Department for Constitutional Affairs

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Department for Constitutional Affairs
Agency overview
Formed12 June 2003
Dissolved9 May 2007
Superseding agency
JurisdictionGovernment of the United Kingdom

The Department for Constitutional Affairs (DCA) was a United Kingdom government department. Its creation was announced on 12 June 2003; it took over the functions of the Lord Chancellor's Department.[1] On 28 March 2007 it was announced that the Department for Constitutional Affairs would take control of probation, prisons and prevention of re-offending from the Home Office and be renamed the Ministry of Justice.[2] This took place on 9 May 2007.

Department's headquarters (on the right)

It was primarily responsible for reforms to the constitution, relations with the Channel Islands and Isle of Man and, within England and Wales, it was concerned with the administration of the Courts, legal aid, and the appointment of the judiciary. Other responsibilities included issues relating to human rights, data protection, and freedom of information.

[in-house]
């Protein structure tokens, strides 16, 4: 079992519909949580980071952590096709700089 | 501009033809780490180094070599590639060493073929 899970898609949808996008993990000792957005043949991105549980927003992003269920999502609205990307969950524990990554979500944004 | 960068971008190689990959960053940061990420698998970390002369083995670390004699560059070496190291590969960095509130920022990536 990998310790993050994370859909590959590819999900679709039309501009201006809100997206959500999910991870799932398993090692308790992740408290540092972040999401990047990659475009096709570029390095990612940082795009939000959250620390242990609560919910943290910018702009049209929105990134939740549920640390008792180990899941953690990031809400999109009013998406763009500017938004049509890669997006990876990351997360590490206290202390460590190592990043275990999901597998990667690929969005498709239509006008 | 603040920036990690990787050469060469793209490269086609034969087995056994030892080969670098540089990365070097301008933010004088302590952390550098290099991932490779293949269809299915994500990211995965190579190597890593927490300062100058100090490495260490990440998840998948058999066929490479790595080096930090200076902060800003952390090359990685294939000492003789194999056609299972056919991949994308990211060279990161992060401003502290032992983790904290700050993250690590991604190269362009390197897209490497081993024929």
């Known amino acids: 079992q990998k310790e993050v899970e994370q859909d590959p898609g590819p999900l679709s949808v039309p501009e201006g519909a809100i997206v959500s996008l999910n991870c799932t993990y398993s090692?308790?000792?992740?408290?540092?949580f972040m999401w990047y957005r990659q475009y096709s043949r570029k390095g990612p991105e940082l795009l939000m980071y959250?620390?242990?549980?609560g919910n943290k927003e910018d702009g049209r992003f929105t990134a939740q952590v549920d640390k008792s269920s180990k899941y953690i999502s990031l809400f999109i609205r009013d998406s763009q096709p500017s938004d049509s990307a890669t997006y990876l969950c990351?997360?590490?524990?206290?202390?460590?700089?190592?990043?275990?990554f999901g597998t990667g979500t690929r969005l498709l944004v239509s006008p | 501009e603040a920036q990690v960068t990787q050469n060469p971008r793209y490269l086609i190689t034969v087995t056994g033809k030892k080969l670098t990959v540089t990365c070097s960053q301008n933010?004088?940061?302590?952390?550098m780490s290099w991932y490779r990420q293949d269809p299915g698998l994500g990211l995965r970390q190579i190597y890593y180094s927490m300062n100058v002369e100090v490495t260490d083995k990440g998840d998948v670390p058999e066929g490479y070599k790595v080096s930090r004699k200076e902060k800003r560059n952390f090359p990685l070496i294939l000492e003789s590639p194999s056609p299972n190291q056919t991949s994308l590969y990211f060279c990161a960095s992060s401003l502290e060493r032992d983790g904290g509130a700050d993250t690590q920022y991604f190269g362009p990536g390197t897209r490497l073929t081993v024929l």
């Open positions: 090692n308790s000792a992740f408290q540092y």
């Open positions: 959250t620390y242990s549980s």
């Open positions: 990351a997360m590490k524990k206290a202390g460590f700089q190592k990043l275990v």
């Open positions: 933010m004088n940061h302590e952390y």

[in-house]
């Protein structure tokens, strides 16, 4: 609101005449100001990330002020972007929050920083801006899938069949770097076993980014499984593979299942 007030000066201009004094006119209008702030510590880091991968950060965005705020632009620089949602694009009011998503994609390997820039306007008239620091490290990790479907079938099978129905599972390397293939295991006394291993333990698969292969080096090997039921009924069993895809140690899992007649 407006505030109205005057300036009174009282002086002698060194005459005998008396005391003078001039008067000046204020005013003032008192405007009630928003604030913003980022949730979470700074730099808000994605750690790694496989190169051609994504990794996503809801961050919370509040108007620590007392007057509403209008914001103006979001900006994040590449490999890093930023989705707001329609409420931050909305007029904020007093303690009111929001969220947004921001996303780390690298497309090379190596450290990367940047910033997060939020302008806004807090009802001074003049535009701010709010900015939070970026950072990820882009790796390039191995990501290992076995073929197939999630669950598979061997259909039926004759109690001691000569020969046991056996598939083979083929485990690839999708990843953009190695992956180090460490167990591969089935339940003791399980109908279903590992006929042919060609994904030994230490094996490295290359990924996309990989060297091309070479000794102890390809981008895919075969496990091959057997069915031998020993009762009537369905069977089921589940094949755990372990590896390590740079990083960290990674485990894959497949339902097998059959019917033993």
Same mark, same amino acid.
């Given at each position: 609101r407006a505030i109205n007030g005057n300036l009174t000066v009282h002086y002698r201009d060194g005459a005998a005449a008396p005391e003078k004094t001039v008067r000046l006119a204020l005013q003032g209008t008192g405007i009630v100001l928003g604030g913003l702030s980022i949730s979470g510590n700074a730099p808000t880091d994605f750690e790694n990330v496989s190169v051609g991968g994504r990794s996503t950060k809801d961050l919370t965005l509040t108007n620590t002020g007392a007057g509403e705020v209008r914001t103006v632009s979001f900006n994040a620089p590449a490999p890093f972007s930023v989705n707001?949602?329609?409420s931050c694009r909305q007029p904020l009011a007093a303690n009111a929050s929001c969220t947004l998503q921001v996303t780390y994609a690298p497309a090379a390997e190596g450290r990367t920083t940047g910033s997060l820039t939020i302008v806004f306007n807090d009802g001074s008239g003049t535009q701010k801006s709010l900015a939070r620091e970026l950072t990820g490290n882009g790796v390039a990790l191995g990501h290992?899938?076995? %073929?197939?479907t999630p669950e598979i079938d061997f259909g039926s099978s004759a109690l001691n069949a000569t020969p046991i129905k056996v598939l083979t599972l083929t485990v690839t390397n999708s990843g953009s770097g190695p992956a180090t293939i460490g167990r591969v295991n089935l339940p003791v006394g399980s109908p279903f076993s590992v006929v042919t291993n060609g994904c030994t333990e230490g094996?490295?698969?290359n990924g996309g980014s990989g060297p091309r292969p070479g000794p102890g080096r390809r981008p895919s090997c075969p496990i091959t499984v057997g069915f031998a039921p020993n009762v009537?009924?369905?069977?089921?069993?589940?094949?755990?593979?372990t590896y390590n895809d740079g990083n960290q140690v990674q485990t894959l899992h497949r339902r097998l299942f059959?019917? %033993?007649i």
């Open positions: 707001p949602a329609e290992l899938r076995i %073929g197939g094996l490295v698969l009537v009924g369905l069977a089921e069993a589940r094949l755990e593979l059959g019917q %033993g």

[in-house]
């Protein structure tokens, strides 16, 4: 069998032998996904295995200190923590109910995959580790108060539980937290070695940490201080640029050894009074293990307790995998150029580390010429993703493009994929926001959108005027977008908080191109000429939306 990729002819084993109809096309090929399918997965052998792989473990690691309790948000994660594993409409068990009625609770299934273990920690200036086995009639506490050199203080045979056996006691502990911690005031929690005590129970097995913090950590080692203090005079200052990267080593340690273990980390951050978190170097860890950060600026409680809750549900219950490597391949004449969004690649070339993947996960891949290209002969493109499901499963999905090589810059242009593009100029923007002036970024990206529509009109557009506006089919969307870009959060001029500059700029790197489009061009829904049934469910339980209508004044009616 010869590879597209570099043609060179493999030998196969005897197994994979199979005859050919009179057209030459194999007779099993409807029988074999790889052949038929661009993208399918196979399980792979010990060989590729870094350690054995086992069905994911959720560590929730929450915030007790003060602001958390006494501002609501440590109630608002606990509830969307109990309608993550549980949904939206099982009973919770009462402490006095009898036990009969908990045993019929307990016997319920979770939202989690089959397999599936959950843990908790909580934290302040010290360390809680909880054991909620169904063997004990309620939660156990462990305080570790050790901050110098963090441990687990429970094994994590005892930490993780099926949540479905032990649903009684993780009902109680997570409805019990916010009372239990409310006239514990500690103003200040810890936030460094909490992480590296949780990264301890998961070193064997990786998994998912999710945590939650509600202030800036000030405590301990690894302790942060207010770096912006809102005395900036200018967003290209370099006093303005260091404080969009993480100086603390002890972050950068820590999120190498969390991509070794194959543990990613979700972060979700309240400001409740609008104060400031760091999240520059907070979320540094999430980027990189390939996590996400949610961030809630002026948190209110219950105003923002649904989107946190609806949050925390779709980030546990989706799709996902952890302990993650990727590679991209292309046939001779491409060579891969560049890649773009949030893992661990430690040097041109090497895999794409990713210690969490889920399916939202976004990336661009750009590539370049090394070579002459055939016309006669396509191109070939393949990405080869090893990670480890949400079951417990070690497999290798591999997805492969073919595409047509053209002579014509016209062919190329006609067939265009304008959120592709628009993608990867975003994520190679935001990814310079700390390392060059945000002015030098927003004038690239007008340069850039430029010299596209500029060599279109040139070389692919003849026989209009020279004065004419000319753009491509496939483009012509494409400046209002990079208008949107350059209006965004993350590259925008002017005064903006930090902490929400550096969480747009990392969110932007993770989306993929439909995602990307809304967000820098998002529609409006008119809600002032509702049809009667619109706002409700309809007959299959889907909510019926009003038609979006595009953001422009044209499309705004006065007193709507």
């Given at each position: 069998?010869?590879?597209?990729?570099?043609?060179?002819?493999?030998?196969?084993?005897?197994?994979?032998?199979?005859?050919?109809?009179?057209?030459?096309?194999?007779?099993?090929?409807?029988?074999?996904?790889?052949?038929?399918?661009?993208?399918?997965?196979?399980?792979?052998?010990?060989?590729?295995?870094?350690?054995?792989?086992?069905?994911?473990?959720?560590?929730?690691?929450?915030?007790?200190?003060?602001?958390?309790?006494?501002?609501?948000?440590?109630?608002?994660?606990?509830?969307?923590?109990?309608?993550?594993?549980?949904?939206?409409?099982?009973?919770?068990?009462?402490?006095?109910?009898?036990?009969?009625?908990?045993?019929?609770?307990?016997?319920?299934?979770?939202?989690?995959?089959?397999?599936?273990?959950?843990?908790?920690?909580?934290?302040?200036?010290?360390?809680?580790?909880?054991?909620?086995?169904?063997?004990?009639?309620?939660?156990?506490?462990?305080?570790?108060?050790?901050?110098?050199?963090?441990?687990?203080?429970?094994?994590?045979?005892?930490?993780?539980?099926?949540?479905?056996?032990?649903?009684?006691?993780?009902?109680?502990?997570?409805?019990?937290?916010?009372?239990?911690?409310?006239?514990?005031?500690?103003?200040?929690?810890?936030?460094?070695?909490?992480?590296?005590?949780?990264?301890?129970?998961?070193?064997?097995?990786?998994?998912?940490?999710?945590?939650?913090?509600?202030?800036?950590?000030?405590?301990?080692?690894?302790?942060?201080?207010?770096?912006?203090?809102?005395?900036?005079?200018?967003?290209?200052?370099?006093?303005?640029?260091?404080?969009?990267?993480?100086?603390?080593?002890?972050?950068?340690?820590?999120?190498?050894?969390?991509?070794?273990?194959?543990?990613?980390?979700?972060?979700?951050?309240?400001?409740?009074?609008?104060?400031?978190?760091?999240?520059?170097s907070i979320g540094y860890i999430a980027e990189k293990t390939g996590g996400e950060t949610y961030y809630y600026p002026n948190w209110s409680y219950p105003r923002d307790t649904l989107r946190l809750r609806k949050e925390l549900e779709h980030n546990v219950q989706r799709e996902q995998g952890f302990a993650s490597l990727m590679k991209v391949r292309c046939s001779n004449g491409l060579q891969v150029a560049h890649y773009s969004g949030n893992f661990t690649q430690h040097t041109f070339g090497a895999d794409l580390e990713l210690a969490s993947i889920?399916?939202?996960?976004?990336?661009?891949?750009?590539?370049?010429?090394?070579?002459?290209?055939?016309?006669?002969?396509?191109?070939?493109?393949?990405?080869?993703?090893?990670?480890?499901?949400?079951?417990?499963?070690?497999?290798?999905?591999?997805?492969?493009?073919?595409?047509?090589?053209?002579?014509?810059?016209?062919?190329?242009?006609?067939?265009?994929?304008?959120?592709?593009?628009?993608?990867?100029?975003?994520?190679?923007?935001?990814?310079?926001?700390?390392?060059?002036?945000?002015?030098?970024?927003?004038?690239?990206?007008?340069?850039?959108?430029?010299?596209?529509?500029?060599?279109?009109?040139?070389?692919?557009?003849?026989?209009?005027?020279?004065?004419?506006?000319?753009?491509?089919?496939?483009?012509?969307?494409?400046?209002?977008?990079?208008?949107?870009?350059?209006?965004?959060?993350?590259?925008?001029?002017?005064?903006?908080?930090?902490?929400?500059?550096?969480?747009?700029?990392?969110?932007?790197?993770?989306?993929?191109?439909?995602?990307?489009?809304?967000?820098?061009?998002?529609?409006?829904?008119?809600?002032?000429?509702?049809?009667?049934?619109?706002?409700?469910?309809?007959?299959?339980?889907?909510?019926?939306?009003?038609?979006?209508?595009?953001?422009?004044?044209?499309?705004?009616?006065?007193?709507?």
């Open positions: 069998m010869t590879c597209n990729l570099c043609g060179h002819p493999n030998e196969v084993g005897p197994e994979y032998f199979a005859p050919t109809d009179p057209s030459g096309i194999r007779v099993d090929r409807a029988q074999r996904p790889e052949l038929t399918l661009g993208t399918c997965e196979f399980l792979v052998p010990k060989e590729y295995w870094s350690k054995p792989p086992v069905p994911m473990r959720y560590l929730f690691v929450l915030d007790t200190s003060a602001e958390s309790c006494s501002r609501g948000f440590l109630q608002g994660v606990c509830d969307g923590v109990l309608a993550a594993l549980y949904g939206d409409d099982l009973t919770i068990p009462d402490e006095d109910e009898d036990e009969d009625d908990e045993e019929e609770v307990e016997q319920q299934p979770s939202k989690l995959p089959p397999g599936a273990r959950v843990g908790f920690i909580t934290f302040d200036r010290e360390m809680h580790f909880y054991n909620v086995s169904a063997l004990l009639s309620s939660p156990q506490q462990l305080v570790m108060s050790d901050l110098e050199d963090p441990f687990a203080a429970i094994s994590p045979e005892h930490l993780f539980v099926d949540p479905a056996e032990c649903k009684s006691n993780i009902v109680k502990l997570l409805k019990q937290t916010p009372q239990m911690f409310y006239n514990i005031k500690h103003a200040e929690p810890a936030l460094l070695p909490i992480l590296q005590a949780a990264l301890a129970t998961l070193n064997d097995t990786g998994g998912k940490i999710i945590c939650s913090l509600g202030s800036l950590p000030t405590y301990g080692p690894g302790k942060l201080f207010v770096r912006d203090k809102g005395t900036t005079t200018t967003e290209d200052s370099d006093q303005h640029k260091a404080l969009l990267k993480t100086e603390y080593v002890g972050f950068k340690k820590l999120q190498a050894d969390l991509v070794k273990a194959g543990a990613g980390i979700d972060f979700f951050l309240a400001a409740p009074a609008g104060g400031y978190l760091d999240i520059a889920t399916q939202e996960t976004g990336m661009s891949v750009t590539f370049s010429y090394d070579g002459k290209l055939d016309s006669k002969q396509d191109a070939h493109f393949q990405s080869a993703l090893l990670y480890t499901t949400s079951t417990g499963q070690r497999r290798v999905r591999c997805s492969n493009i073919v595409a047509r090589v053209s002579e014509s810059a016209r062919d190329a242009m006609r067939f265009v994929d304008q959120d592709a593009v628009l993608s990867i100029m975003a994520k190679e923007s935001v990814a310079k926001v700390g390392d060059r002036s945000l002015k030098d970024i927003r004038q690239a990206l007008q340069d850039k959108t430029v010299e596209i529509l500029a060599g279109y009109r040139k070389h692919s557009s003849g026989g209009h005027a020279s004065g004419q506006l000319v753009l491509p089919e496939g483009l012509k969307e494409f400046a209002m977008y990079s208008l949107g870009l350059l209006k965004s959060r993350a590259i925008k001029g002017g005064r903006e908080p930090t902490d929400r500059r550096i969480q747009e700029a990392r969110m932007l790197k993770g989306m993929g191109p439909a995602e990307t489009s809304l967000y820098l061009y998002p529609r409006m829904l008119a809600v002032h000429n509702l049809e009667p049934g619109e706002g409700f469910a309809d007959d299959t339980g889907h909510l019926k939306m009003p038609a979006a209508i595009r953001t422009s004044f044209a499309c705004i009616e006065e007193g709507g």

It incorporated the Wales Office and the Scotland Office, but those offices remained the overall responsibility of the Secretary of State for Wales and Secretary of State for Scotland respectively.

After the 2005 general election, it gained additional responsibilities for coroners and conduct of local government elections in England.[3]

Departmental executive agencies and public bodies[edit]

Legislation enacted by the department[edit]

This is a list of acts of Parliament enacted since 1997 that gave powers to the Department of Constitutional Affairs.

Constitutional acts[edit]

Election acts[edit]

See also[edit]


  1. ^ "Lord Chancellor's Department". GOV.UK. Retrieved 2 January 2022.
  2. ^ "Home Office to be split in two". BBC News Online. BBC. 29 March 2007. Retrieved 29 March 2007.
  3. ^ "Machinery of Government Changes". Archived from the original on 2 November 2005. Retrieved 24 May 2005.

External links[edit]